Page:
This recent article by Ilana Gershon has a number of really interesting things to say not only about the workplace but also about how we conceive of ourselves under neoliberalism. However, while the article is full of lovely insights on a paragraph by paragraph basis, I felt that Gershon failed to connect the two strands of her attack on the neoliberal self and the increasing tendency for people to turn themselves into brands.

The first strand of her argument is that turning yourself into a brand does absolutely nothing for your employment prospects as employers tend to look for skills and flexibility rather than people who happen to have welded their identities to particular professional roles.

The second strand of her argument is that the move to turn people into brands appears to be spearheaded by an entire class of business gurus and employment consultants with books to sell and workshops to fill. Her treatment of this stuff is particularly brilliant.

Having read the article a couple of times, I’m frustrated by the fact that Gershon struggles to bring together the two strands of her argument despite the fact that the two strands unite at exactly the point she wants to make, namely that the neoliberal vision of self is shot through with logical inconsistencies and psychological impossibilities that make it both unsustainable and profoundly unhealthy.

For example, if employers don’t want to employ brands then surely the neoliberal self industry is nothing but snake oil and if that entire sector of the culture is snake oil then it is crying out to be analysed in terms of its own hypocrisy and artificiality. Do modern-day employees adopt the trappings of the neoliberal self for the same reason that medieval peasants performed ceremonies to cast out malevolent spirits? Is it superstition? Is it magical thinking?  Clearly, Gershon has stumbled into an important area of social critique.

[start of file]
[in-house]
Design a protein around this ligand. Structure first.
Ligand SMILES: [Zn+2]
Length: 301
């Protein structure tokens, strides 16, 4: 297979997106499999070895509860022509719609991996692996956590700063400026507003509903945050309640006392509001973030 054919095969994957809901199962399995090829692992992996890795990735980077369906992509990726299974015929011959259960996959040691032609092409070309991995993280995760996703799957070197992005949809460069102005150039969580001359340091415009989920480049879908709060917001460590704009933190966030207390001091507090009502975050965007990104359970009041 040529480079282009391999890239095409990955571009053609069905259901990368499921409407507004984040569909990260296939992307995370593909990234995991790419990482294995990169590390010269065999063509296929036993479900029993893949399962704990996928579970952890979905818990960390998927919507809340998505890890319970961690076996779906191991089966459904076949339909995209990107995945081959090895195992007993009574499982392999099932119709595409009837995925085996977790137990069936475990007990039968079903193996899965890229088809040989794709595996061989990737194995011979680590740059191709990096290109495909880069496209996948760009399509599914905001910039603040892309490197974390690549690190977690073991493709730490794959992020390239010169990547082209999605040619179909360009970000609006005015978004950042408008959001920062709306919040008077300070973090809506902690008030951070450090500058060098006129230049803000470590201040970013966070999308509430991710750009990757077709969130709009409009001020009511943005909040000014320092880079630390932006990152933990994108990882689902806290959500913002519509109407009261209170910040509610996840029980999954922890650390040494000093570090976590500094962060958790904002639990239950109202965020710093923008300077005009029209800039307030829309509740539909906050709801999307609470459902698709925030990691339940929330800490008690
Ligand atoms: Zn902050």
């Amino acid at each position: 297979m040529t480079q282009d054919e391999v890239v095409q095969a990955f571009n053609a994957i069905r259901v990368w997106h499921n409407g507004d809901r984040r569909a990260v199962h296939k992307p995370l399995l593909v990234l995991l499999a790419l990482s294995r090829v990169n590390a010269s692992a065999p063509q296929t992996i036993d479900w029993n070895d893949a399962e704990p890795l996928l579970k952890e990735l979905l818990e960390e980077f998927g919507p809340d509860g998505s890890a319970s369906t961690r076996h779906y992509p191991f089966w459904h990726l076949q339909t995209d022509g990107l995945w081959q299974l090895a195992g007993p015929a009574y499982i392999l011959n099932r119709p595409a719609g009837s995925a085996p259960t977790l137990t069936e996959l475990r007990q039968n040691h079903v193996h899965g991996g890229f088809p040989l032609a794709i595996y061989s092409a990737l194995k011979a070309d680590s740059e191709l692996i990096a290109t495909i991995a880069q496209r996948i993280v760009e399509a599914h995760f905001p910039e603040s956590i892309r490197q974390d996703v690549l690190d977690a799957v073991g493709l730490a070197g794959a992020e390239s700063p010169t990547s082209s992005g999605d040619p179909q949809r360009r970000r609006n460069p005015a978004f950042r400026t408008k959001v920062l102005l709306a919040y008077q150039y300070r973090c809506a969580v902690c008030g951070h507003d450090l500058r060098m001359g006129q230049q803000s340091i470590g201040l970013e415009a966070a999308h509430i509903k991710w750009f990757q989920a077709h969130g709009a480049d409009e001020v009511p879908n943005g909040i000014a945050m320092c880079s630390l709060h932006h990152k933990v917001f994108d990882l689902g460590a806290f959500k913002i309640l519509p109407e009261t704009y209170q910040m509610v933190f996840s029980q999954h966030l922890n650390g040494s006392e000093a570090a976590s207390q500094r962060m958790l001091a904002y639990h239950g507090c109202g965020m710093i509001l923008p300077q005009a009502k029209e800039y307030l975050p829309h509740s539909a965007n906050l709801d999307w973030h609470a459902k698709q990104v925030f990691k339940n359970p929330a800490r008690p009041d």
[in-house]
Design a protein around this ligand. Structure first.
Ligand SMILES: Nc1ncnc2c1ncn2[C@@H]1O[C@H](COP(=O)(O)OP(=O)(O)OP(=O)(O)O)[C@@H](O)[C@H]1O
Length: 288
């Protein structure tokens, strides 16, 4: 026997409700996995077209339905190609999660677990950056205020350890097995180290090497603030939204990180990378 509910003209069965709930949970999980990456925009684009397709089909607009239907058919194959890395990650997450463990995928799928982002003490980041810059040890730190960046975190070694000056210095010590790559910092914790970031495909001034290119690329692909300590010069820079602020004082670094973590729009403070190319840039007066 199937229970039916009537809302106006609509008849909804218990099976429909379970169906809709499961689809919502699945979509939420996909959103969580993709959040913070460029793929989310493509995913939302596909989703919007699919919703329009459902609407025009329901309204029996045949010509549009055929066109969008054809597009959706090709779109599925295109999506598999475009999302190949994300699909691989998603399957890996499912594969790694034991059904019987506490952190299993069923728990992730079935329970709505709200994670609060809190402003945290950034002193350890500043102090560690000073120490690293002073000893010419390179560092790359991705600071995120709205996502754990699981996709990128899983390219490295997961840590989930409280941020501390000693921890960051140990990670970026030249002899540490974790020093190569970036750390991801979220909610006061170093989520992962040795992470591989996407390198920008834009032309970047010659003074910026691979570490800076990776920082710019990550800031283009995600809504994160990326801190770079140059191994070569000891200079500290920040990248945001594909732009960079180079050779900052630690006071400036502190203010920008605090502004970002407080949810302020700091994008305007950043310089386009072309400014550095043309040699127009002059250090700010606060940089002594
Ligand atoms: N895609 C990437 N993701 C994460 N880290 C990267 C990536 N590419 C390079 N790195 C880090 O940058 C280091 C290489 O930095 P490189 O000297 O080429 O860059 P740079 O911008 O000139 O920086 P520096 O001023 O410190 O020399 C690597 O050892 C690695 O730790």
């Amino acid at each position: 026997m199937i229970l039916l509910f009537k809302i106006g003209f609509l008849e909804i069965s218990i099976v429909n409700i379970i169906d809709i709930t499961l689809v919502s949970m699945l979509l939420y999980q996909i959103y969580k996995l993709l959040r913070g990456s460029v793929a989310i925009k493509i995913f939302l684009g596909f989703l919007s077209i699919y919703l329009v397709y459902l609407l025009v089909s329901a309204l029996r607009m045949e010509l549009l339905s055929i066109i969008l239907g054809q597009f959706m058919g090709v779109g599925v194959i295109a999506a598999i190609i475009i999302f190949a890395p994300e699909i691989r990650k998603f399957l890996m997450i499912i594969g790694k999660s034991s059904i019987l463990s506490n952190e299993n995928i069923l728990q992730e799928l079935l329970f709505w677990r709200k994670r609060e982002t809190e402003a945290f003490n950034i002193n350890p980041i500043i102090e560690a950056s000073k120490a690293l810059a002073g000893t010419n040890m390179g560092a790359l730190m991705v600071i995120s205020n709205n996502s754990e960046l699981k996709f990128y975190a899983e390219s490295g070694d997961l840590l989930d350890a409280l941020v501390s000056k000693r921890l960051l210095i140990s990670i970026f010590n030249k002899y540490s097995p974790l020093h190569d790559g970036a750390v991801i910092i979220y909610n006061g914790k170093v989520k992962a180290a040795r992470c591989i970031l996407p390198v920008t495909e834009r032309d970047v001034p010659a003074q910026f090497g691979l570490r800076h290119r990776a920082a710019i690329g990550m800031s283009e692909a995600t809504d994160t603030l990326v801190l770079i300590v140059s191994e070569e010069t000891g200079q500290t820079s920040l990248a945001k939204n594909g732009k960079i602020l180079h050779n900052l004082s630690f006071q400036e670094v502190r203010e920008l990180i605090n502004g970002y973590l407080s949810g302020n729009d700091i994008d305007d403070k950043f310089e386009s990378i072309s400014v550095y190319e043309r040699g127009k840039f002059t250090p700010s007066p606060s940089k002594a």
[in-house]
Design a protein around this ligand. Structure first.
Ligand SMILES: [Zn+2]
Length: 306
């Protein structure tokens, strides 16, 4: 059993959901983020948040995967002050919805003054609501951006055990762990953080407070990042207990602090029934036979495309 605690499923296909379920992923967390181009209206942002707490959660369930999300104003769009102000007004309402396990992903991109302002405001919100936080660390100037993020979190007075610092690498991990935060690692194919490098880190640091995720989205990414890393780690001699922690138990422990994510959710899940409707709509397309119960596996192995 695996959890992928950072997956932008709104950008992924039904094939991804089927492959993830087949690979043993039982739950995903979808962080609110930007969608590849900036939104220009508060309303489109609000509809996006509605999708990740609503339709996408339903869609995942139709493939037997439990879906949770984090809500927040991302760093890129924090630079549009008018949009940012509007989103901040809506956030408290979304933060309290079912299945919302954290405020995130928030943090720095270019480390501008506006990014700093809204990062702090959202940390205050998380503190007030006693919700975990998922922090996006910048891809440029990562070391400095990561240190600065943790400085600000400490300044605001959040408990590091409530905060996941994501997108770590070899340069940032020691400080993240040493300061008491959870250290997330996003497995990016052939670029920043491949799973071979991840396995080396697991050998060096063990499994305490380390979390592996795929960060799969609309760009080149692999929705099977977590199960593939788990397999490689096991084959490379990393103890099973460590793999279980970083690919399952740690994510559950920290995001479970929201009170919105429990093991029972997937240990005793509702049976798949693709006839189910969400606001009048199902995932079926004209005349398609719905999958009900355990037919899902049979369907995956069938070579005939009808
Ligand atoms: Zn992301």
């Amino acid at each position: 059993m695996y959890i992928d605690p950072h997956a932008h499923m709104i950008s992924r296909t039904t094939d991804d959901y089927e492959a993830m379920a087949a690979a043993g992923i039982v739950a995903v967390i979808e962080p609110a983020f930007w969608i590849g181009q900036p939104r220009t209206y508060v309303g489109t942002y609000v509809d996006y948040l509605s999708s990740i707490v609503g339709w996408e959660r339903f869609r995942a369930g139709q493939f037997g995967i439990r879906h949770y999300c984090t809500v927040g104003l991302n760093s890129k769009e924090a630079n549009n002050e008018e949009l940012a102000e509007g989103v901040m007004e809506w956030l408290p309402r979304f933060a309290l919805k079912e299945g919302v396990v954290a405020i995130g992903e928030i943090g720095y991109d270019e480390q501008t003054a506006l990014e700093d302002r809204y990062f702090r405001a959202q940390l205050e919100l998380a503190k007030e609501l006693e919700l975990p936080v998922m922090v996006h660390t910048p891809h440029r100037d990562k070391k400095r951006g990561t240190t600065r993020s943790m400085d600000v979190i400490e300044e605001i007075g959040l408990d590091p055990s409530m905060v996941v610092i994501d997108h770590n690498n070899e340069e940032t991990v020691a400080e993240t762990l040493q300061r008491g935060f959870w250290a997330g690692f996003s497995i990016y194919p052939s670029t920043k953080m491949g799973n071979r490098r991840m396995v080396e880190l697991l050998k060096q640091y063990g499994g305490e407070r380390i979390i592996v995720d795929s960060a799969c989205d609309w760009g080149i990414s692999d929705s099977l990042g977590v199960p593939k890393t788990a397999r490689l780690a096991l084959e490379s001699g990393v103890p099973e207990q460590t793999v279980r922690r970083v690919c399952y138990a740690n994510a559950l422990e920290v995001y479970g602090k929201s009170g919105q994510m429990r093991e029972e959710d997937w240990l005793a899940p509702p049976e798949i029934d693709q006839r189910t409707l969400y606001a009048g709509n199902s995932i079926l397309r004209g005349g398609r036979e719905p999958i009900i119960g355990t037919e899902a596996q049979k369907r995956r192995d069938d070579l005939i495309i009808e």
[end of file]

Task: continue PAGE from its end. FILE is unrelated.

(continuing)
16 Comments leave one →
  1. Gabriel permalink
    January 24, 2017 12:19 pm

    Always good to read your stuff, Jonathan.

    Your intro, or feelings closely akin, are why I left academia (Cultural Studies). Every year, it seems like a better decision, for all of the reasons you mention, and it my own particular case, because our current formulation of U.S. identity politics (which cannot entirely be blamed on race-class-gender studies dominating portions of our university system, but the latter certainly did not help) seems more and more to be antithetical to political power and progressive social change. We have people in the U.S. screaming that Trump’s ascendancy is due to racism (he is a racist and supported by racists, but there exist a significant population who voted for Obama twice and then Trump) and sexism (ditto); these were reasonably hypotheses, but instead of reformulating them, either due to new information and the fact that these charges did not useful politically, the centre-left in the U.S. only seems interested in doubling-down. Righteous in a doomed world is seen as more valuable than political power and positive change. What we need is an intellectual attempt to rescue positive action on race, class, and gender from the morass that has grown up around it, and I see few, if any, attempting that. It makes my desire to read another analysis about how Anya from Buffy is an attempt to incorporate a libertarian critique within Buffy’s inherent left-liberalism hard to stomach.

    (I’d probably read that paper, but I’d feel awfully about it.)